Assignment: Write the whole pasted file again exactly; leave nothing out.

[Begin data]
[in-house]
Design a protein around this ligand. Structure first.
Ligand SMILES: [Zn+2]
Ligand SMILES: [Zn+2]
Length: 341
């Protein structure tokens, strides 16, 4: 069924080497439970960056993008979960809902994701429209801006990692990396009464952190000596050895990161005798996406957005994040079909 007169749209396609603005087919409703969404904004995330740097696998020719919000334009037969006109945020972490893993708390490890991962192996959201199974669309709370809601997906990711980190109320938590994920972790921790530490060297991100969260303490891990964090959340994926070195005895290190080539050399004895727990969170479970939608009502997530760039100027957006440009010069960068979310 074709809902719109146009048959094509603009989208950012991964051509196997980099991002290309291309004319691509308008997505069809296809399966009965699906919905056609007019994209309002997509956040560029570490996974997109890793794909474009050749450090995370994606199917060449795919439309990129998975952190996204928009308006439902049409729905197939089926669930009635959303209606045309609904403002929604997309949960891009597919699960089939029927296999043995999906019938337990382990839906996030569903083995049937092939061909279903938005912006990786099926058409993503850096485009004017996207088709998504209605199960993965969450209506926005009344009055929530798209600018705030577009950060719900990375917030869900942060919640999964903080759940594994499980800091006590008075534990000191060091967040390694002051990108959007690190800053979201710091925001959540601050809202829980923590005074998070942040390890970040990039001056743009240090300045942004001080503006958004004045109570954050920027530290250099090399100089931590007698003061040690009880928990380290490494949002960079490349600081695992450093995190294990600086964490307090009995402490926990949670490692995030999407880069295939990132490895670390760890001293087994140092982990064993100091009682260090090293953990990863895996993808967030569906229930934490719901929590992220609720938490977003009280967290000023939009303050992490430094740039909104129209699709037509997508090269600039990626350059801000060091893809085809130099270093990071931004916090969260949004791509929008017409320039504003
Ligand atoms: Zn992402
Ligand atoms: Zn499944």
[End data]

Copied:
[in-house]
Design a protein around this ligand. Structure first.
Ligand SMILES: [Zn+2]
Ligand SMILES: [Zn+2]
Length: 341
């Protein structure tokens, strides 16, 4: 069924080497439970960056993008979960809902994701429209801006990692990396009464952190000596050895990161005798996406957005994040079909 007169749209396609603005087919409703969404904004995330740097696998020719919000334009037969006109945020972490893993708390490890991962192996959201199974669309709370809601997906990711980190109320938590994920972790921790530490060297991100969260303490891990964090959340994926070195005895290190080539050399004895727990969170479970939608009502997530760039100027957006440009010069960068979310 074709809902719109146009048959094509603009989208950012991964051509196997980099991002290309291309004319691509308008997505069809296809399966009965699906919905056609007019994209309002997509956040560029570490996974997109890793794909474009050749450090995370994606199917060449795919439309990129998975952190996204928009308006439902049409729905197939089926669930009635959303209606045309609904403002929604997309949960891009597919699960089939029927296999043995999906019938337990382990839906996030569903083995049937092939061909279903938005912006990786099926058409993503850096485009004017996207088709998504209605199960993965969450209506926005009344009055929530798209600018705030577009950060719900990375917030869900942060919640999964903080759940594994499980800091006590008075534990000191060091967040390694002051990108959007690190800053979201710091925001959540601050809202829980923590005074998070942040390890970040990039001056743009240090300045942004001080503006958004004045109570954050920027530290250099090399100089931590007698003061040690009880928990380290490494949002960079490349600081695992450093995190294990600086964490307090009995402490926990949670490692995030999407880069295939990132490895670390760890001293087994140092982990064993100091009682260090090293953990990863895996993808967030569906229930934490719901929590992220609720938490977003009280967290000023939009303050992490430094740039909104129209699709037509997508090269600039990626350059801000060091893809085809130099270093990071931004916090969260949004791509929008017409320039504003
Ligand atoms: Zn992402
Ligand atoms: Zn499944």